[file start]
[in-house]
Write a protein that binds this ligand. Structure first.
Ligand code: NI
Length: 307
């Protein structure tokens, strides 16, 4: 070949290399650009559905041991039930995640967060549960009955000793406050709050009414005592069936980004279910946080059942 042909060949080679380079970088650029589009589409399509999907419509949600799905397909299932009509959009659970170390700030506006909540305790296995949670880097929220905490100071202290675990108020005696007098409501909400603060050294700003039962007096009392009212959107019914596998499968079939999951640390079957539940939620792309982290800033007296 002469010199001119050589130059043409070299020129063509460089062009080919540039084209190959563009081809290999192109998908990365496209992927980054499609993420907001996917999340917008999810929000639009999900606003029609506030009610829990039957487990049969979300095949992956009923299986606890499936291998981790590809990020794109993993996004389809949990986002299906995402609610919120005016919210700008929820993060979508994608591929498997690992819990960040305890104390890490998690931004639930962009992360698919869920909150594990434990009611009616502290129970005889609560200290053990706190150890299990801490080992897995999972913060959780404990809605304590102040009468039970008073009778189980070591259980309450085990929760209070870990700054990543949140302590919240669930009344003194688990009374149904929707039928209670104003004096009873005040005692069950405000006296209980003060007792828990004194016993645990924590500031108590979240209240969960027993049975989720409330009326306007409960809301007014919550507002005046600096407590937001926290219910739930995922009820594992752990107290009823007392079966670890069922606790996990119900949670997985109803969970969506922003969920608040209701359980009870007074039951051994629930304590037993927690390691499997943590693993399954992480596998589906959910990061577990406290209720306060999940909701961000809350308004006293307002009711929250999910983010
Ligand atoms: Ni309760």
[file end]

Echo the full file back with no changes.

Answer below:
[in-house]
Write a protein that binds this ligand. Structure first.
Ligand code: NI
Length: 307
């Protein structure tokens, strides 16, 4: 070949290399650009559905041991039930995640967060549960009955000793406050709050009414005592069936980004279910946080059942 042909060949080679380079970088650029589009589409399509999907419509949600799905397909299932009509959009659970170390700030506006909540305790296995949670880097929220905490100071202290675990108020005696007098409501909400603060050294700003039962007096009392009212959107019914596998499968079939999951640390079957539940939620792309982290800033007296 002469010199001119050589130059043409070299020129063509460089062009080919540039084209190959563009081809290999192109998908990365496209992927980054499609993420907001996917999340917008999810929000639009999900606003029609506030009610829990039957487990049969979300095949992956009923299986606890499936291998981790590809990020794109993993996004389809949990986002299906995402609610919120005016919210700008929820993060979508994608591929498997690992819990960040305890104390890490998690931004639930962009992360698919869920909150594990434990009611009616502290129970005889609560200290053990706190150890299990801490080992897995999972913060959780404990809605304590102040009468039970008073009778189980070591259980309450085990929760209070870990700054990543949140302590919240669930009344003194688990009374149904929707039928209670104003004096009873005040005692069950405000006296209980003060007792828990004194016993645990924590500031108590979240209240969960027993049975989720409330009326306007409960809301007014919550507002005046600096407590937001926290219910739930995922009820594992752990107290009823007392079966670890069922606790996990119900949670997985109803969970969506922003969920608040209701359980009870007074039951051994629930304590037993927690390691499997943590693993399954992480596998589906959910990061577990406290209720306060999940909701961000809350308004006293307002009711929250999910983010
Ligand atoms: Ni309760």